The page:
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Govt to ‘review’ Okyanos approval

The government is undertaking a “full review” of a proposal to develop a stem cell treatment facility in Grand Bahama in light of revelations that its CEO has declared bankruptcy and is battling the Internal Revenue Service (IRS) over a $3.8m unpaid liability.

Khaalis Rolle, minister of state for investments, told Guardian Business yesterday that court documents relating to Okyanos Heart Institute CEO Matt Feshbach’s current legal and financial woes suggest the Christie administration was correct to hold off on granting final approval of the project. Okyanos Heart Institute intends to offer stem cell therapy to cardiac artery disease patients. The facility had received conditional approval from the former government.

Rolle’s comments come as the Okyanos Heart Institute described Feshbach’s IRS woes as a “personal matter that started many years ago and does not relate to the Okyanos Heart Institute.”

Feshbach himself, in a phone interview with Guardian Business, said that his legal and financial situation “does not affect the viability or solvency of Okyanos in any way”.

“Okyanos is an investor-backed company and is not dependent on any one investor. We’ve raised a significant amount of money to date,” said Feshbach, who described himself as a shareholder in the company.

“I am proud of the fact I was able to pay off a $5.6 million obligation while supporting my family and founding a healthcare company, Okyanos, that can do a lot for patients, The Bahamas and other stakeholders.”

These developments come as Parliament continued debate this week on the Stem Cell Research and Therapy Bill, which would govern the stem cell medical industry in The Bahamas, amidst controversy that primarily focused on the role of fashion tycoon Peter Nygard in the bill’s promotion.

In court documents relating to Feshbach’s court battle with the IRS which were revealed by Guardian Business on Thursday, attorneys for Feshbach and his wife describe the pair as “honest and unfortunate debtors who cannot pay their creditors”.

In a declaration dated November 12, 2011, Matthew Feshbach stated the “massive tax liability from 2001 arises from ‘phantom income’ triggered by changes in the tax code that affected some of the hedge fund positions I was managing”.

“We are not millionaires,” said Feshbach in the declaration to the court. “In fact, the very generous appraisal of our assets recently obtained by the Chapter 7 trustee in our case showed that all of our assets totaled $138,000.”

In support of his claim that he is unable to pay the IRS, Feshbach stated in court filings that he became “seriously ill with chronic pelvic pain syndrome” in 2008, “curtailing his ability to restart and investment business, interview for employment with an investment firm or otherwise engage in meaningful business opportunities.”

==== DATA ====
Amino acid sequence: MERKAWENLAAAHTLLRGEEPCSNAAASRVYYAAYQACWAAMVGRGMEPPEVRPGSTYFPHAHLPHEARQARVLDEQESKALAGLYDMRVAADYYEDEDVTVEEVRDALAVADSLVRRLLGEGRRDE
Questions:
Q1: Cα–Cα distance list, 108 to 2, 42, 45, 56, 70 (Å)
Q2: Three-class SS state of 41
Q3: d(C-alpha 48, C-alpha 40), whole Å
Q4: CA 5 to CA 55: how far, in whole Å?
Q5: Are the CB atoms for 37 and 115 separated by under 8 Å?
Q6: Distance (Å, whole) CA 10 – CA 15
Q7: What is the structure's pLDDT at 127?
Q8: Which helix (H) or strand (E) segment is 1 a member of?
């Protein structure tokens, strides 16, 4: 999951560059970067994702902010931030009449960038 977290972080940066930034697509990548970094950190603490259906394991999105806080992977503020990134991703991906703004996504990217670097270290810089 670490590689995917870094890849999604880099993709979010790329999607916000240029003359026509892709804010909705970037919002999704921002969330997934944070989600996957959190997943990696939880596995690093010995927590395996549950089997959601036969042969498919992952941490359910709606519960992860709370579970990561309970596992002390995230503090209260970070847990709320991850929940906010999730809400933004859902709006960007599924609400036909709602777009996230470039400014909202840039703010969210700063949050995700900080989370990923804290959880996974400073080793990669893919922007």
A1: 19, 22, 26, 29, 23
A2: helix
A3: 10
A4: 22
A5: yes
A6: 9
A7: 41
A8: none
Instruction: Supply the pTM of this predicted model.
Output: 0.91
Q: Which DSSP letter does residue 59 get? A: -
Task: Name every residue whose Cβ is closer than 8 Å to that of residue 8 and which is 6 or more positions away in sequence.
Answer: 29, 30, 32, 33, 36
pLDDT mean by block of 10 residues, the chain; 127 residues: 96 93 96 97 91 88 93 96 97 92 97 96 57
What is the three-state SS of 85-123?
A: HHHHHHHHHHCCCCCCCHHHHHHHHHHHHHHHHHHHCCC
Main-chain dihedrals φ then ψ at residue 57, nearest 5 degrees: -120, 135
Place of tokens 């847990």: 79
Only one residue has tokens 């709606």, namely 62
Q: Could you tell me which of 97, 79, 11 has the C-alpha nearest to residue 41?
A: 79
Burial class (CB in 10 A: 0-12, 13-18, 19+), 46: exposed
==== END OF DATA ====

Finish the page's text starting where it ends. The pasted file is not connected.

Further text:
Court documents show a hearing took place on Tuesday relating to the motion for a summary judgment on the question of discharging Feshbach’s IRS liabilities. The outcome of that hearing is at present not clear. The matter was previously set down for trial on August 20, 2013.

Feshbach has stated that he has not sought to evade his debts and engaged in “numerous attempts to work with the IRS prior to seeking bankruptcy”. Court documents filed on his behalf state that he paid the IRS $5.62 million in principal taxes due, interest and penalties since 1999.

Speaking with Guardian Business on the matter yesterday, Rolle said: “This is the primary reason the current administration insisted on having legislation to ensure that we don’t make critical mistakes at the outset. I’m very concerned that the previous administration allowed this to go as far as it has gone without insisting on proper due diligence.

“We made the decision not to grant final approval for this until we understood what we were dealing with. Had we gone ahead with the approval in principle we put in place, we would now have major egg on our face.”

He added: “We are reviewing this proposal in light of where we are now – there is a full review taking place.”

Feshbach is a former hedge fund manager with MLF Investments, an investment company he founded. MLF Investments was liquidated in 2008, according to Reuters news agency, after it “suffered a reversal of fortunes”. Prior to founding MLF Investments, Feshbach, the article notes, had been “one of the most famed short-sellers of the 1980s, ”gaining “praise and vilification” for his strategy of betting on stock declines.

He has also been strongly connected to the Church of Scientology and is noted in a 2006 St. Petersburg Times article as a major financial backer of the church’s “Super Powers” program. The program is intended to heighten one’s perceptions – or “perceptics”, in Scientology parlance – via the five senses.

In the article, Feshbach is said to believe he has super powers, which helped him to save a young boy’s life, and is quoted as saying that he is “no longer dependent on [his] physical body to perceive things”.

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